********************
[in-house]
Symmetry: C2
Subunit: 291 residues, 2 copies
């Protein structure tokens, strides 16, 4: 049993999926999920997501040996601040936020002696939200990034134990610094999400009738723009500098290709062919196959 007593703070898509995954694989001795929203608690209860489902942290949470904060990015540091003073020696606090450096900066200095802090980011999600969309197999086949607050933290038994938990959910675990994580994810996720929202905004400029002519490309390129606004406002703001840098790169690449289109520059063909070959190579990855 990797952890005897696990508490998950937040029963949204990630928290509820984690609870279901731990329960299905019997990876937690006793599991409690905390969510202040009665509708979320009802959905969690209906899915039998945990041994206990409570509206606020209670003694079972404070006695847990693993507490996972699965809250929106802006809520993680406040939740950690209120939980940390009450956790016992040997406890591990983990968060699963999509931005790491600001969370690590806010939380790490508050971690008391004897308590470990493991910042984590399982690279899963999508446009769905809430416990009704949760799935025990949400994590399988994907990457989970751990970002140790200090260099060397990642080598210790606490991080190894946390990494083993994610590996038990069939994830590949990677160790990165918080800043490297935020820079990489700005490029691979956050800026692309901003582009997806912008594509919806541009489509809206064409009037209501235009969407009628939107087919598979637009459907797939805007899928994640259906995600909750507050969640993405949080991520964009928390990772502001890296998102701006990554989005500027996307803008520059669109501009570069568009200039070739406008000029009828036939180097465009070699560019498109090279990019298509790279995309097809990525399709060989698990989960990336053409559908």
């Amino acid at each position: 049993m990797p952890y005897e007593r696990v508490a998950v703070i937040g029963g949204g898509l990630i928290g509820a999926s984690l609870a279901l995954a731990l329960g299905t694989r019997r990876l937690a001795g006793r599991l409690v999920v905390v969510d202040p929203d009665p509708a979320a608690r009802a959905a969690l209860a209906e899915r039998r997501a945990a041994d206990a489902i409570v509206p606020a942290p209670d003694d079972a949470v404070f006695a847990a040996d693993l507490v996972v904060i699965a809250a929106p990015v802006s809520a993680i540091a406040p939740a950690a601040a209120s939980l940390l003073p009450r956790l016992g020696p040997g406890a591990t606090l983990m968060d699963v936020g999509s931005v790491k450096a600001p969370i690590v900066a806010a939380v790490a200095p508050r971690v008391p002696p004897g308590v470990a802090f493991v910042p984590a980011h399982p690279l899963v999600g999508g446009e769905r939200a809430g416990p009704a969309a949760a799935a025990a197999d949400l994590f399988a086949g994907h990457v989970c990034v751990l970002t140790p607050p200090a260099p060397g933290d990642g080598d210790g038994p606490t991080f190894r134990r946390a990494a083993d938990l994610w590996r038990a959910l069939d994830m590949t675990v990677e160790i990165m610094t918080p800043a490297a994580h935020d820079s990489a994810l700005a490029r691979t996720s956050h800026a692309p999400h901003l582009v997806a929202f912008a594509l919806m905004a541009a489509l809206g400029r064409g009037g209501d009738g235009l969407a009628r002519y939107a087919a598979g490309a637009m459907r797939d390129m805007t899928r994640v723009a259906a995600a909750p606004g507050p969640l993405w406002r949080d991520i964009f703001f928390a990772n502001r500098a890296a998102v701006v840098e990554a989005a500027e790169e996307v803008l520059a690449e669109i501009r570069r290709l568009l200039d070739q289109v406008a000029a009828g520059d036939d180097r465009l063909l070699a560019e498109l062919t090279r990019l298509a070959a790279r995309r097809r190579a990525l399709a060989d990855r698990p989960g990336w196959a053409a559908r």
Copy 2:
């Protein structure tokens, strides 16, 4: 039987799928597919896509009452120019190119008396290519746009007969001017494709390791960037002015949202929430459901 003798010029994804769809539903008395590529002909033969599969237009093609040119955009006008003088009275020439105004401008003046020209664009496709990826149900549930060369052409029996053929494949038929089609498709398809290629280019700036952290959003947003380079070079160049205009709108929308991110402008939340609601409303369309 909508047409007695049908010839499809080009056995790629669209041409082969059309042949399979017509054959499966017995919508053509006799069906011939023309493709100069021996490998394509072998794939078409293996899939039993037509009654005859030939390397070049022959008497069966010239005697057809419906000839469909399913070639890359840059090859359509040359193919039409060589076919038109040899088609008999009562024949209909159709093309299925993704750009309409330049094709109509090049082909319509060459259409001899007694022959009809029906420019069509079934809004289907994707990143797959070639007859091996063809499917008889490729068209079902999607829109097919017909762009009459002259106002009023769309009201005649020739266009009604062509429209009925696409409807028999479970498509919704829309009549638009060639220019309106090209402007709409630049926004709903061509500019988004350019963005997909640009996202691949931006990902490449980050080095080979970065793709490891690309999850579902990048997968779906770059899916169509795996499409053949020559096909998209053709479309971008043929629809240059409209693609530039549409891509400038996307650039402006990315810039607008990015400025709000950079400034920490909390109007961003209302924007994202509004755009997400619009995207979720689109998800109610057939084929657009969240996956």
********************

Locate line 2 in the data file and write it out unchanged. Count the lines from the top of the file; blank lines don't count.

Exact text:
Symmetry: C2